• Bare-root fruit trees should be planted this month. Choose varieties suitable for your climate. The most important considerations are the variety’s chill hour and pollination requirements
    • Plant bare-root fruits and vegetables such as artichokes, strawberries, and rhubarb as they become available in nurseries. For Bare-root planting use Kellogg® Gromulch. Mulch around plants to hold in moisture. Apply Liquinox® Start Vitamin B-1 or Green Light® Root Stimulator to prevent transplant shock.
    • Summer-Blooming Bulbs – Since it’s a good time to plant summer-blooming bulbs this month, nurseries usually have good supplies in stock. Summer-blooming bulbs include baboon flower (Babiana), canna, crocosmia, dahlia, gladiolus, hippeastrum, homeria, laitris, lilies, nerine, tigridia, tuberose, and tuberous begonias.
    • Continue to plant wildflower seeds like California bluebells, Chinese houses, farwell-to-spring, mountain garland, goldfields and California poppy.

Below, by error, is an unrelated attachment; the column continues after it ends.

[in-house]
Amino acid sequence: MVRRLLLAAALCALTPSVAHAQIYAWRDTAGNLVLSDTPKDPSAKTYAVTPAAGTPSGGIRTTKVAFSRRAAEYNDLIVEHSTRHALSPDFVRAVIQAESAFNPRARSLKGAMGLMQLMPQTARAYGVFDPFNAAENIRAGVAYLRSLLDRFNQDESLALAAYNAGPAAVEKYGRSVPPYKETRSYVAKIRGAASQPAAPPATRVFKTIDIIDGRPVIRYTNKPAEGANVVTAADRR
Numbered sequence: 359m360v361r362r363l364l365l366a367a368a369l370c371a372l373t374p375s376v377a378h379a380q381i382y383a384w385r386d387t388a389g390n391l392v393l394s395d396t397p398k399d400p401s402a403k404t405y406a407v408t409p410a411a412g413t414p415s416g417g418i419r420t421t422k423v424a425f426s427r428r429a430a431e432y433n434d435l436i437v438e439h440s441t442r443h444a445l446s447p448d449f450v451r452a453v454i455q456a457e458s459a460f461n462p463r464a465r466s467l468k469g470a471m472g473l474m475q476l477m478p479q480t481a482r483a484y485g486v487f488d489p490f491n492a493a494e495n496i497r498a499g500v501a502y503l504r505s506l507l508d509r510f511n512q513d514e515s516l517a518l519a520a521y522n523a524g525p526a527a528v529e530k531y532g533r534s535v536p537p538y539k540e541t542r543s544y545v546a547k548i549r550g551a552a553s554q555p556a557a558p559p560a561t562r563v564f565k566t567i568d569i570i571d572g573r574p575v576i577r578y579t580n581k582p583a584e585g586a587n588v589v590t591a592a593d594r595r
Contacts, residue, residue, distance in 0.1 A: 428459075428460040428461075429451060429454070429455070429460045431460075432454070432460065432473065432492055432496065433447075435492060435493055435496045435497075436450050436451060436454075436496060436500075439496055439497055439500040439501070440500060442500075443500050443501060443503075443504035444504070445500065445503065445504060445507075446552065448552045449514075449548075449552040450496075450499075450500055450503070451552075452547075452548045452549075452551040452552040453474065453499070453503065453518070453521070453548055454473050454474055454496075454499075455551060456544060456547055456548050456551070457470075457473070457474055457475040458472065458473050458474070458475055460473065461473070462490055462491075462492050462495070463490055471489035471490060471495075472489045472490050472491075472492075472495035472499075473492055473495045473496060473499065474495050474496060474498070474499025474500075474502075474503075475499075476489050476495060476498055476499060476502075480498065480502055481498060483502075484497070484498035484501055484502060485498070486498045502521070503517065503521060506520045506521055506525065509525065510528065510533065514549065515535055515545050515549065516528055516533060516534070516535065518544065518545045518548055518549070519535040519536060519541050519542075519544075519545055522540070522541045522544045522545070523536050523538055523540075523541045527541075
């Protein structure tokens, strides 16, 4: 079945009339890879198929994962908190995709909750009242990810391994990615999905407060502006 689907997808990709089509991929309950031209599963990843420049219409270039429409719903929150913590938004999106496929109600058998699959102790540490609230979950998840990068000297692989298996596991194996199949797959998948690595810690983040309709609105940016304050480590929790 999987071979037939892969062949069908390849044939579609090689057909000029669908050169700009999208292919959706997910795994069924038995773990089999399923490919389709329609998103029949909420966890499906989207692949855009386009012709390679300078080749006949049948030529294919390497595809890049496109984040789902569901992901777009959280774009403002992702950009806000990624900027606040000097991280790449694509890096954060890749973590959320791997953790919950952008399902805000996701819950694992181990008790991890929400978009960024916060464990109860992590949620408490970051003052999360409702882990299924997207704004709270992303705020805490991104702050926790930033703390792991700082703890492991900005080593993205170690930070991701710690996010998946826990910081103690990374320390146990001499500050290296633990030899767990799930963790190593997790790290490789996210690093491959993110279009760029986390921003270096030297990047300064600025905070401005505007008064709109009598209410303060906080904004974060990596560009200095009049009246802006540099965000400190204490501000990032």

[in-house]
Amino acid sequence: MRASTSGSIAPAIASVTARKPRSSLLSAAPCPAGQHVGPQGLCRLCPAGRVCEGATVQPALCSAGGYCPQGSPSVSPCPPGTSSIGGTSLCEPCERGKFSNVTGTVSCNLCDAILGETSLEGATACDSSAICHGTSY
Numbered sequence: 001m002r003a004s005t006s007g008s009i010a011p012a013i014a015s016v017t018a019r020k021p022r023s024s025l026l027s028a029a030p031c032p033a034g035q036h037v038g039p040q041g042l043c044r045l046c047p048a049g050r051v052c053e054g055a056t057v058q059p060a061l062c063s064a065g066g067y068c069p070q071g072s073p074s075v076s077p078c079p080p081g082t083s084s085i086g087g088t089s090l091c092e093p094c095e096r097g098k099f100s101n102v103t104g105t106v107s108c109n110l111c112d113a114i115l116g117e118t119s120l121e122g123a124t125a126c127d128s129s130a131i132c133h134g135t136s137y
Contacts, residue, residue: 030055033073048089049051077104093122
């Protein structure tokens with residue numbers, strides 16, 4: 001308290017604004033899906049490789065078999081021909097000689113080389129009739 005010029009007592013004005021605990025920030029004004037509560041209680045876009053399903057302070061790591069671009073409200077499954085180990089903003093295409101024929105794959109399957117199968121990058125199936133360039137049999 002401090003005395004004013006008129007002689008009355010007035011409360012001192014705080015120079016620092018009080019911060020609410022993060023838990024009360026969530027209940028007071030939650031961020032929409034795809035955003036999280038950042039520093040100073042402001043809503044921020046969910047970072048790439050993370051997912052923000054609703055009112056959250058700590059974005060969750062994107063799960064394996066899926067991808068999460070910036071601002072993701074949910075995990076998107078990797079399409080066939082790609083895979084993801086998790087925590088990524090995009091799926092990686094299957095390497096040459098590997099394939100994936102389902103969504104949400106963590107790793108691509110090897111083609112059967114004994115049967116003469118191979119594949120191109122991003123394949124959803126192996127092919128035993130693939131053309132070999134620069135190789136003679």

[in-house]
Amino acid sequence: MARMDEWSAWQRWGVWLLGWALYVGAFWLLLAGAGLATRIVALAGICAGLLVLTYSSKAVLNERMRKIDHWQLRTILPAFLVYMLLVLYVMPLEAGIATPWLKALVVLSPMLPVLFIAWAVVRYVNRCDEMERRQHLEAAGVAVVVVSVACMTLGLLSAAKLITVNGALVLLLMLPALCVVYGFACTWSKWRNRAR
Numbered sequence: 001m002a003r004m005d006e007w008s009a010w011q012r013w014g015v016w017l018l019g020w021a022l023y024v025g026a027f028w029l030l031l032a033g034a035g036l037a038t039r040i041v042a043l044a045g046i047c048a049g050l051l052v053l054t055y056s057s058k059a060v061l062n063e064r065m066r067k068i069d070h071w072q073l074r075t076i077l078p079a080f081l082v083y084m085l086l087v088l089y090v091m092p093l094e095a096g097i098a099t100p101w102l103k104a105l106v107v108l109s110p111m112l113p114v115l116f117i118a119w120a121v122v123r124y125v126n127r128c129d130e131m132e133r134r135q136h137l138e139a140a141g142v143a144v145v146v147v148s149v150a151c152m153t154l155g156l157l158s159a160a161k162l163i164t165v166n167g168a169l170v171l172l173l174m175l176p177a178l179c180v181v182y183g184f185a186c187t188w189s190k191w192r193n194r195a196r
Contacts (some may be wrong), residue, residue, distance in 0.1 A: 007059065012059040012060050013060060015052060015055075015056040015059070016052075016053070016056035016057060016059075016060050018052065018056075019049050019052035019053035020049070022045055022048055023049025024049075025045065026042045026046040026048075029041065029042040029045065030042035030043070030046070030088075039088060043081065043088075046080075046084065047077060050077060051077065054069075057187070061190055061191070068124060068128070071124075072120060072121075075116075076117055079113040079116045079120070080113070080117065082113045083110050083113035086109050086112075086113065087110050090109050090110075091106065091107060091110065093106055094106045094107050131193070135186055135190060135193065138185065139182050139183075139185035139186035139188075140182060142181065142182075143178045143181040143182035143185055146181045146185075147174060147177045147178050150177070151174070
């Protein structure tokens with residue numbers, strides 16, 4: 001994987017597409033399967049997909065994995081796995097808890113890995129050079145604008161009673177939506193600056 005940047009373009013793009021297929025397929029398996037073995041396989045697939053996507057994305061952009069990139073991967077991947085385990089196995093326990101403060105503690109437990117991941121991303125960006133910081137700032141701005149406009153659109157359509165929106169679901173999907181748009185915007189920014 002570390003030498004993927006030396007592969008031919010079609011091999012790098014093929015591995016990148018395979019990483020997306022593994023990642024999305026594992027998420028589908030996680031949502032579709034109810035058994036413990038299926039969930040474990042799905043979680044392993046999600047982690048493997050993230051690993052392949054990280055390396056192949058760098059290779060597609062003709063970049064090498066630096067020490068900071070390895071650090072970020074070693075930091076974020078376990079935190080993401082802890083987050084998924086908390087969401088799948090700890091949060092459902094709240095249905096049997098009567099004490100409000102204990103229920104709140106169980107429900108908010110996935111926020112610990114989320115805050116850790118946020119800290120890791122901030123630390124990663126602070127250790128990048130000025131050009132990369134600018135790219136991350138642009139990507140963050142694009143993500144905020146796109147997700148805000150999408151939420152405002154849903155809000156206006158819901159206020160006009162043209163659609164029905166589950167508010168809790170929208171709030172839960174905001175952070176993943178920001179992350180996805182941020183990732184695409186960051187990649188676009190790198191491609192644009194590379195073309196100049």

• Now is a good time to plant your choice of California Native plants. Dig a hole and fill with water several times, amend soil slightly and plant the root ball so that is an inch or two higher than the existing soil level. Cover with soil to create a little mound. Water again with a spray. Hose down your native garden once a week until rains are upon us. For more information on planting natives visit Las Pilitas Nursery
    • Cool-Season Vegetables – Between harvests you can still plant most cool-season vegetables such as broccoli, Brussels sprouts, cabbage, cauliflower, celery, kale, kohlrabi, mustard, lettuce and other greens, and root crops like beets, carrots, radishes, and turnips.
    • Herbs – Plant aloe, parsley, dill, borage, calendula, rosemary and sage. You can also plant native herbs such as white sage, black sage, California poppy and yerba santa.
    • Cool-Season Lawns such as tall & dwarf fescue are good choices to plant now. The cooler days and more rain make this a great time to plant. Plant from seed or sod. Prep your soil, lay the sod or seed and if you are using seed top-dress with Kellogg Topper. Newly established lawns needs lots of water. Don’t let them dry out.

    Harvest Time

    Harvest your winter vegetables as soon as they are ready. Harvesting will encourage more production. See when to harvest:

    • Feed cool-season lawns with Best® Nitra-King 19-4-4 or Best® Turf Plus 24-4-4. These fertilizers will green up your lawn and keep it green.
    • Apply crabgrass preventer such as Bonide® brand to all lawns now.
    • Mow cool-season lawns at about 2-inches high. Once the weather warms up significantly, mow at about 3-inches high. Most warm-season lawns are dormant now and don’t need mowing.
    • Control rust on lawns.
    Plants, Trees and Shrubs